A view of the house in 2008 ((AgnosticPreachersKid at en.wikipedia [CC BY-SA 3.0 (http://creativecommons.org/licenses/by-sa/3.0) or GFDL (http://www.gnu.org/copyleft/fdl.html)], via Wikimedia Commons))
Backstory and Context
In 1787, Secretary of the Navy Benjamin Stoddert began constructing a home for himself and his wife, calling the home “Halcyon.” Stoddert lived in the house with his family for a time, but when his wife died, Stoddert left the home and gave it to his daughter and her husband, Elizabeth and Thomas Ewell. The Ewells remained in the home until 1818, and the home would go on to switch hands numerous times until 1900. Records do not appear indicate the succession of owners in this eighty-year period. In 1900, one of Mark Twain’s nephews, Albert Clemens, bought the home. Clemens was under the impression that if he continued to renovate the house almost constantly, he would be able to prolong his life. As a result of this, Clemens would go on to renovate the house for 38 straight years, purposefully disfiguring portions of the home. The building, unsurprisingly, was disastrous to see.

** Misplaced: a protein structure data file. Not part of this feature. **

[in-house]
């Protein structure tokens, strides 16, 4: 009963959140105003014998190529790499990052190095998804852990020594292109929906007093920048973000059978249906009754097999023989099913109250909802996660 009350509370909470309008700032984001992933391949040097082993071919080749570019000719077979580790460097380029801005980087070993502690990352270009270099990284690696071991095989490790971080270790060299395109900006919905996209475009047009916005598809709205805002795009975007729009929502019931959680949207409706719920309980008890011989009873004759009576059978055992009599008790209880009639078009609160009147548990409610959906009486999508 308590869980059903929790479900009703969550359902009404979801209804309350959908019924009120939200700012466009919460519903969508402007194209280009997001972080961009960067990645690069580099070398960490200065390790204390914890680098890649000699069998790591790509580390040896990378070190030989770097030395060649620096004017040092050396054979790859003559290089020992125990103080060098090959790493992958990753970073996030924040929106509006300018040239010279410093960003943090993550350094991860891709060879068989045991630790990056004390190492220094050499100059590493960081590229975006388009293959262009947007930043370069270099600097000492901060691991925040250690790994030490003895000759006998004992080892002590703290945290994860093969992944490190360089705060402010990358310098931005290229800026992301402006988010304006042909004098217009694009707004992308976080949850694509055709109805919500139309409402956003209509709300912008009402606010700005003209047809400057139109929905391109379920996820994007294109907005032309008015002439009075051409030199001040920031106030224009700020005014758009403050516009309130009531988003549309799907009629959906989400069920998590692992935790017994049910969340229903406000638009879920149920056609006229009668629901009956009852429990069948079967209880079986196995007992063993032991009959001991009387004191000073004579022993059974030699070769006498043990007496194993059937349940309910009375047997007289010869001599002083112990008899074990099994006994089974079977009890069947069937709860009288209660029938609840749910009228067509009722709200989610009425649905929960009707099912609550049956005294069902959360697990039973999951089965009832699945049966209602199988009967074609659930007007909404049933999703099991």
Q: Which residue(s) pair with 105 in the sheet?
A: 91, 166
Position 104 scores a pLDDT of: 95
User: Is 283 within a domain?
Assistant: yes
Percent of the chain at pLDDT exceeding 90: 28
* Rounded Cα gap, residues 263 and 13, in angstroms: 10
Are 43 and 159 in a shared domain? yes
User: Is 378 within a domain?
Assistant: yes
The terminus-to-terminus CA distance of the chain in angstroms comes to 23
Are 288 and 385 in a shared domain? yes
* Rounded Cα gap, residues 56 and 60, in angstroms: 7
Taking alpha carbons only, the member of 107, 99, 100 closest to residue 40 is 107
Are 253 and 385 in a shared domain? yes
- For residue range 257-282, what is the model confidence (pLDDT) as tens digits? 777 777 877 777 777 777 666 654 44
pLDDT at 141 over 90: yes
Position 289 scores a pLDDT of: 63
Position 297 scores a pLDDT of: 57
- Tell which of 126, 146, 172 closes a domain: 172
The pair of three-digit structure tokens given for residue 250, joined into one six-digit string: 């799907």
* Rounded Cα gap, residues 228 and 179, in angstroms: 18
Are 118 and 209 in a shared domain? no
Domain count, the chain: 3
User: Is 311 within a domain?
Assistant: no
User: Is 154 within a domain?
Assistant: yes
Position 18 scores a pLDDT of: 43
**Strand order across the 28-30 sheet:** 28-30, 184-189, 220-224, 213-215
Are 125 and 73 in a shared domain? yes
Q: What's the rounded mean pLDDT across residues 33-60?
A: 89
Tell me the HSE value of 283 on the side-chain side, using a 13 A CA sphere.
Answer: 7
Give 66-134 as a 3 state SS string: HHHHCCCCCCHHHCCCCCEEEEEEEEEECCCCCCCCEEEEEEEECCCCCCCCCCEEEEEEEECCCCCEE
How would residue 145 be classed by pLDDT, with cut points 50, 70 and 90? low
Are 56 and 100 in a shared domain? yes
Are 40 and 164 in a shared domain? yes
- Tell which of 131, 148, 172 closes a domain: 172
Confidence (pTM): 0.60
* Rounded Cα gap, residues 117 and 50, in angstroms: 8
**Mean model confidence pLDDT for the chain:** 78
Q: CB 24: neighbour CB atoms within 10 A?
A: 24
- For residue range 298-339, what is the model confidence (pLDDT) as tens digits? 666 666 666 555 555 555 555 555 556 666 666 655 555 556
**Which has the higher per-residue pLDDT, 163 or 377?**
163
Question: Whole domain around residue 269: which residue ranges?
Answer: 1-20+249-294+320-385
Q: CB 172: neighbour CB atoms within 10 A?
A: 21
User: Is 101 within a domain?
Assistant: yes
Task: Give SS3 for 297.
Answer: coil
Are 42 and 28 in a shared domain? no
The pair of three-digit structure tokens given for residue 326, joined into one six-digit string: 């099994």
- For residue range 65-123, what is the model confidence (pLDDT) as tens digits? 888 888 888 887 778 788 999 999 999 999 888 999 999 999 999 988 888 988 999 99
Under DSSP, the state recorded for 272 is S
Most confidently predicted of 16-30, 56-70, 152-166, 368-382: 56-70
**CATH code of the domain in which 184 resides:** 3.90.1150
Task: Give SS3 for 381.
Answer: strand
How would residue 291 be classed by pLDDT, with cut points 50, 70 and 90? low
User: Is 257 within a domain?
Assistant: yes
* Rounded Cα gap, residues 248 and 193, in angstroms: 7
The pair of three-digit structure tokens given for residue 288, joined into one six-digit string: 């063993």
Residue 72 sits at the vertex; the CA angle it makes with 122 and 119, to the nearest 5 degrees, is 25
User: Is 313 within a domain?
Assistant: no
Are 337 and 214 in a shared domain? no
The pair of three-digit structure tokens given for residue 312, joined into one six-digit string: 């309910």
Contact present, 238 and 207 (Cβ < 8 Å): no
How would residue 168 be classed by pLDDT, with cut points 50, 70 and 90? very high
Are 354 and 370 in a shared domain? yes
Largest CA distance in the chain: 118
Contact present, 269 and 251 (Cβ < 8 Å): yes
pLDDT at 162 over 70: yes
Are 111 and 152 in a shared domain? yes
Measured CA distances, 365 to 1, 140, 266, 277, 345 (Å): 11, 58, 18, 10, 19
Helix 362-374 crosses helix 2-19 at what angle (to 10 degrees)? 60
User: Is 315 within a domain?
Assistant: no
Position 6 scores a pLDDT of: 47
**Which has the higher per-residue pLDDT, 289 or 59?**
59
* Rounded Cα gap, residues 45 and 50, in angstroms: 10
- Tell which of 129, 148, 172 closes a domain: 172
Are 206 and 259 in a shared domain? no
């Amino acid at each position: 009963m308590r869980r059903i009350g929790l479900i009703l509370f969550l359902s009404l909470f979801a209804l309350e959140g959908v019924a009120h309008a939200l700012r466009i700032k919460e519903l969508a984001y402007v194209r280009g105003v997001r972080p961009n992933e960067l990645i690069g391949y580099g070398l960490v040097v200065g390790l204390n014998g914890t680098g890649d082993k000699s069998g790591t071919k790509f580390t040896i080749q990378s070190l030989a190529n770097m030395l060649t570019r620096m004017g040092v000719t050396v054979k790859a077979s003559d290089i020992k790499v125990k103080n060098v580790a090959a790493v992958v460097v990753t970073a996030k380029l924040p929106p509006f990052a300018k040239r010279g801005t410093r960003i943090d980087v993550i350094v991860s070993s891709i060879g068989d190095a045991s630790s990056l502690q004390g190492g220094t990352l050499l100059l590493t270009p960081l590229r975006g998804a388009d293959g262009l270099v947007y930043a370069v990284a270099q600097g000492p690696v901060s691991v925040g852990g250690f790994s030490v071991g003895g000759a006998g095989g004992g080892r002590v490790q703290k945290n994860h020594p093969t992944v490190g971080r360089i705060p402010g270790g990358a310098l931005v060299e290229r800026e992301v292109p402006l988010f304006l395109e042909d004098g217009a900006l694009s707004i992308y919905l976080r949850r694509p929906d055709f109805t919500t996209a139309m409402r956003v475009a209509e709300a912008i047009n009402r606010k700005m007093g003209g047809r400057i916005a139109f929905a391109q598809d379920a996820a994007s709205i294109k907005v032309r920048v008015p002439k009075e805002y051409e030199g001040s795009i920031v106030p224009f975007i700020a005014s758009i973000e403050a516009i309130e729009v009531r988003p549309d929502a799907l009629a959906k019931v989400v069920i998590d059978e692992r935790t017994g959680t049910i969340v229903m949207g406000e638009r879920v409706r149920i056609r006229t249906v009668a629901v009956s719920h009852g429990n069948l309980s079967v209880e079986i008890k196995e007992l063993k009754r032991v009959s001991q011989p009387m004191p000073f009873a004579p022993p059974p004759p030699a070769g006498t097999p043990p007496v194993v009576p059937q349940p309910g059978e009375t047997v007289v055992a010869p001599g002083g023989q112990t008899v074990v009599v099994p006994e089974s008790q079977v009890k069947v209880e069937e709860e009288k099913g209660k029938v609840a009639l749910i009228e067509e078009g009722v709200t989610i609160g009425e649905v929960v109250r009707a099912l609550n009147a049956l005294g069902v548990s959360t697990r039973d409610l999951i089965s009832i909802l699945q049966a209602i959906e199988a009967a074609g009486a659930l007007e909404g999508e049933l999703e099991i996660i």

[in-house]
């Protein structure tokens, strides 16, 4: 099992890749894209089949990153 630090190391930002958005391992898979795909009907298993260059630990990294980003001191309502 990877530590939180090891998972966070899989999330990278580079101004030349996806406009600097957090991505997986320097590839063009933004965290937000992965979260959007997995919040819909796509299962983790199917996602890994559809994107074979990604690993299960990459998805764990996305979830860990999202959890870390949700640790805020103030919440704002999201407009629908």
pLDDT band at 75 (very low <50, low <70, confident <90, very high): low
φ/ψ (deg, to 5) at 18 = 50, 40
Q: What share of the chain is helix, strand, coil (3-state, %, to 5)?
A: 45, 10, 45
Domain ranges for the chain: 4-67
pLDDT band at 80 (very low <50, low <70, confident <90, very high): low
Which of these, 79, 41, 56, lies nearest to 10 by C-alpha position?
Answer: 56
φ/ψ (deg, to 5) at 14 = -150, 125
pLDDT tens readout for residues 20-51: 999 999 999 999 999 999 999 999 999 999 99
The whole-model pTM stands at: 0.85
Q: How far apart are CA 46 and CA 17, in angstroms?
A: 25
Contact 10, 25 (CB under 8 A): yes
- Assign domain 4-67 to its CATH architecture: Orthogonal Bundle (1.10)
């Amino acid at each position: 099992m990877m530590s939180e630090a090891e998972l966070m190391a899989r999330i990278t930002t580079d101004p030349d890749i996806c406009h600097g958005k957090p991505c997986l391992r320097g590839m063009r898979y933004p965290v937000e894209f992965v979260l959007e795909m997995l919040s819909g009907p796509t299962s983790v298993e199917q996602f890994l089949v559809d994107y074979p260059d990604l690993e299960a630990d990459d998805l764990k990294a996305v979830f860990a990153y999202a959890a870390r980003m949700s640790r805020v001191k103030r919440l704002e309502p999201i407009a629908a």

In 1938, Clemens died, and the house remained vacant for several years before beginning yet another chain of succession of owners for the house. In 1966, architect Edmund Dreyfuss bought the home and opted to turn the home into a commercial venture, but plans fell through, and nothing came of the idea. During this period of attempted reform for the building, it was added to the National Register of Historic Places on March 31st of 1971. After the failed attempts to commercialize the building, Edmund turned the building over to his son John Dreyfuss, who oversaw the maintenance of the building, beginning in 1978. A massive restoration project for the building was begun that same year, lasting all the way until 1995 in an attempt to fix some of the damage Clemens had done and to restore the building to a reflection of its former glory. In 2011, the Halcyon House was purchased by Dr. Sachiko Kuno and Dr. Ryuji Ueno, the founders of Sucampo Pharmaceuticals, who renovated the building and converted it into the headquarters of the nonprofit S&R Foundation.